Monday, March 26, 2018
03/26/2018 - 4:00pm to 5:00pm
This talk presents boundary integral equation (BIE)methods and related software for problems with moving boundaries. We will discuss two problems. In the first, we simulate the dynamics of highlyconcentrated vesicle suspensions in a Stokesian fluid. Such fluids are representative of real biological systems and are useful for studying the rheology of blood and other complex biofluids. In the second, we will discuss the problem of computing the equilibrium position of magnetic flux surfaces in magnetically confined plasmas. Such studies enable better designs for devices used for plasma confinement.We will discuss the challenges in developing BIE solvers for these problems\; such as accurate boundary discretization, efficient quadratures for singular and near-singular integration, need for reparameterization/remeshing and scalable implementation. We will present algorithms and software tools to address these issues.
03/26/2018 - 4:15pm to 5:15pm
Fix two positive integers a and b. Scott showed that a homogeneous coordinate ring of the Grassmannian Gra, a+b has the structure of a cluster algebra. This homogeneous coordinate ring can be decomposed into a direct sum of irreducible representations of GLa+b which correspond to integer multiples of the fundamental weight wa. By proving the Fock-Goncharov cluster duality conjecture for the Grassmannian using a sufficient condition found by Gross, Hacking, Keel, and Kontsevich, we obtain bases parametrized by plane partitions for these irreducible representations. As an application we use these bases to show a cyclic sieving phenomenon of plane partitions under a certain sequence of toggling operations. This is joint work with Jiuzu Hong and Linhui Shen.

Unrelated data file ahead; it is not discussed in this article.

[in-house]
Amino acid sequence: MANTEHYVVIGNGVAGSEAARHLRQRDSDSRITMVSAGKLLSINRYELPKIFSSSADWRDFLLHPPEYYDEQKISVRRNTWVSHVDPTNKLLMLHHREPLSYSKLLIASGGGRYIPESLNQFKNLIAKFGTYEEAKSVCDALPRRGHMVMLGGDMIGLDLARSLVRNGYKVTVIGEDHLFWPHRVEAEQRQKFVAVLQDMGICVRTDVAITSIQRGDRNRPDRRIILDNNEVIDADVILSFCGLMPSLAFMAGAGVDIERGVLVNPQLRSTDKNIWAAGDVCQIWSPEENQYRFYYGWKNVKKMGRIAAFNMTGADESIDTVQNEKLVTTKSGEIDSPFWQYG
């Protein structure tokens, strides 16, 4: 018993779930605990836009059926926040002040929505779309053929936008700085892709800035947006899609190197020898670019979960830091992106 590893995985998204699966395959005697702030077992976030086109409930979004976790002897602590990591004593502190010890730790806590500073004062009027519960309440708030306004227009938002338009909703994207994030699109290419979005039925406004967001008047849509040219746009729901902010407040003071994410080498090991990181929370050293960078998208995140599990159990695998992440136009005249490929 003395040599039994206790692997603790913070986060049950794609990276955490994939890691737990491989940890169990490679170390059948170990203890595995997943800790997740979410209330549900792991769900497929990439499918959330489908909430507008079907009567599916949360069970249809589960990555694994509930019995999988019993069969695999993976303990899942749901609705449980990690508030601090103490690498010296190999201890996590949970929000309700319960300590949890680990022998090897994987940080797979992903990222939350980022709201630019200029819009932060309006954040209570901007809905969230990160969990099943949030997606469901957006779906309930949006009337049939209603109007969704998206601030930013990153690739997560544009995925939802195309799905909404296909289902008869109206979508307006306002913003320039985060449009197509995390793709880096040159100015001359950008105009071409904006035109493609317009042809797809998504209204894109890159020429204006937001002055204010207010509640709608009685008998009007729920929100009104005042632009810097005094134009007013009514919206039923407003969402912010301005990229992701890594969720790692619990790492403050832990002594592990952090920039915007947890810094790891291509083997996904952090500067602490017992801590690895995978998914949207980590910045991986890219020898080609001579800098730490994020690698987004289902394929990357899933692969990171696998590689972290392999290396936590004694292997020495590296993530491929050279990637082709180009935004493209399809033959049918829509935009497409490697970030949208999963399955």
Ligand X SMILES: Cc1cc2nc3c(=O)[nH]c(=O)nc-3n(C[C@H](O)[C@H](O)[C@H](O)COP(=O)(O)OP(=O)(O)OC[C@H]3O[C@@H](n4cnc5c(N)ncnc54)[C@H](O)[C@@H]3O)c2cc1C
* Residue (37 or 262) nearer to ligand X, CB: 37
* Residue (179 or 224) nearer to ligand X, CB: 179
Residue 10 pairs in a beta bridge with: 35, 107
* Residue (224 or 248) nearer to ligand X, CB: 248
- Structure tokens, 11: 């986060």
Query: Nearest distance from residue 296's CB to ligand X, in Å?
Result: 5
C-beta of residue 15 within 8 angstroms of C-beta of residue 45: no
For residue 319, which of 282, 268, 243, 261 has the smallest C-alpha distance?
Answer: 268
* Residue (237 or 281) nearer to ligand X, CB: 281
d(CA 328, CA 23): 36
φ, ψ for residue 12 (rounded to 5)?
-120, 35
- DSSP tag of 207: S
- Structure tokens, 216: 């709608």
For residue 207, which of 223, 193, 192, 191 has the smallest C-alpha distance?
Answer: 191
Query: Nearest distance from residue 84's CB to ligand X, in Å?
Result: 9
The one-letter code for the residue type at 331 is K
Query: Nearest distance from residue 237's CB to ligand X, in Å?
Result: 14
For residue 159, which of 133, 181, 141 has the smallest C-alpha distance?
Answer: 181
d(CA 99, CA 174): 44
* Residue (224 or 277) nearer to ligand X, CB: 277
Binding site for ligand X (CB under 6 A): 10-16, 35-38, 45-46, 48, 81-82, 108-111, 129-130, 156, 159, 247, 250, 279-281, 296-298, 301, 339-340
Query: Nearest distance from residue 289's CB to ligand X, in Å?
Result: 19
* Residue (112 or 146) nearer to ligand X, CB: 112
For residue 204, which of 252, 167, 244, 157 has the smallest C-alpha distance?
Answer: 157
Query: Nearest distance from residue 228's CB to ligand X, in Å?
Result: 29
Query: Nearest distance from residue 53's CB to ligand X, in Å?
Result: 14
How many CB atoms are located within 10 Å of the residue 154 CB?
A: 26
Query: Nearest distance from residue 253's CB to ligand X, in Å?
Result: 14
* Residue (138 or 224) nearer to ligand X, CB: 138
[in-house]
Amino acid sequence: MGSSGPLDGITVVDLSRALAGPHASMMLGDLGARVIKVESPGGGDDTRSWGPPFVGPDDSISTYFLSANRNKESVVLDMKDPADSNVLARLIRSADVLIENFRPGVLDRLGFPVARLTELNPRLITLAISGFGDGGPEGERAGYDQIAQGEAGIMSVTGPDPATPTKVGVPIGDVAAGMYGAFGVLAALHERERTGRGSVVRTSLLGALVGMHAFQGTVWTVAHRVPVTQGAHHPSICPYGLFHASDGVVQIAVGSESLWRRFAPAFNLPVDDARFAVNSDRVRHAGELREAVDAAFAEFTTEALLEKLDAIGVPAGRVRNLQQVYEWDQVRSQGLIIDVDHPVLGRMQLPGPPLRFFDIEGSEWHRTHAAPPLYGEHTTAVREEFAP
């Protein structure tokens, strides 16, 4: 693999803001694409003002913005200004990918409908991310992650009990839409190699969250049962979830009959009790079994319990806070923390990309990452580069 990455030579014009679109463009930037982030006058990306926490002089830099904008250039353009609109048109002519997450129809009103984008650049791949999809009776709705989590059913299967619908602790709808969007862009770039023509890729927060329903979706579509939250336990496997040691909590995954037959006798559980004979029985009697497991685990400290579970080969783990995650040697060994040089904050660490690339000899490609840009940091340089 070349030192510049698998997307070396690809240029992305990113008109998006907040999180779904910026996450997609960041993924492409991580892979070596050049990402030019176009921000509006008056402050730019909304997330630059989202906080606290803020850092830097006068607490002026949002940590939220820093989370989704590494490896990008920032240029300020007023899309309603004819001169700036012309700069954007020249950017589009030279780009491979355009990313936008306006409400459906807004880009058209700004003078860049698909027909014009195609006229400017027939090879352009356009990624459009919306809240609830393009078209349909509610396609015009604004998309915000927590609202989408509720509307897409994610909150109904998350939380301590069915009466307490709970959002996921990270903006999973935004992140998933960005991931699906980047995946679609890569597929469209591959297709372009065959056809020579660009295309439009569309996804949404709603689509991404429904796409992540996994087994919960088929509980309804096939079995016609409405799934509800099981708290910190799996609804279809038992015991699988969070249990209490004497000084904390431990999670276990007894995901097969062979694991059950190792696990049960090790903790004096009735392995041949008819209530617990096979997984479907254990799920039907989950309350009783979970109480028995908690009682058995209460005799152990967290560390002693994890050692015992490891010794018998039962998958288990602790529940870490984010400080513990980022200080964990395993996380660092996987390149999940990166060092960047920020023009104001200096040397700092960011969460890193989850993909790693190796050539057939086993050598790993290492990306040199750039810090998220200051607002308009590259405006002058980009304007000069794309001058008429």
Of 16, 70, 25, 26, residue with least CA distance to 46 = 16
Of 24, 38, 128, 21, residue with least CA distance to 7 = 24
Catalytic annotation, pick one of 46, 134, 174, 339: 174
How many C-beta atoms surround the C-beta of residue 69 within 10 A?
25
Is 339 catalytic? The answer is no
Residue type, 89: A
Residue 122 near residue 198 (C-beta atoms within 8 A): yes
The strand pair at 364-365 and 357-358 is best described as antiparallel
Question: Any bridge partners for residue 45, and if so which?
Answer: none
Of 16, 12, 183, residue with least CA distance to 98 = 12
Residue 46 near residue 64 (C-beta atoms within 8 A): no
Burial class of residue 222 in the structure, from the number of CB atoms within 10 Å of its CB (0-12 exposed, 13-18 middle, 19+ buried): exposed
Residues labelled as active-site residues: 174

03/26/2018 - 4:15pm to 5:15pm
1. We discuss Newton’s method as a dynamical system: ifp is a polynomial, then the Newton map is a rational map that very naturally ``wants to be iterated”. Among all rational maps, Newton’s method has the best understood dynamics, and these dynamical systems can be classified (in the sense of a theory developed by Bill Thurston). As a byproduct, we offer an answer to a question of Steve Smale on existence of attracting cycles of higher period (joint work with Kostiantyn Drach, Russell Lodge and Yauhen Mikulich).2. We outline theory about the complexity of Newton’s method as a root finder: unlike various other known methods,Newton as a root finder has both good theory and good implementation results in practice (partly joint work with Magnus Aspenberg, Todor Bilarev, Bela Bollobas, and Malte Lackmann). 3. We present recent experiments on finding all roots of Newton’s method for a number of large polynomials, for degrees exceeding one billion, on standard laptops with surprising ease and in short time, with observed complexity O(d log2 d) (joint with Marvin Randig, Simon Schmitt and Robin Stoll).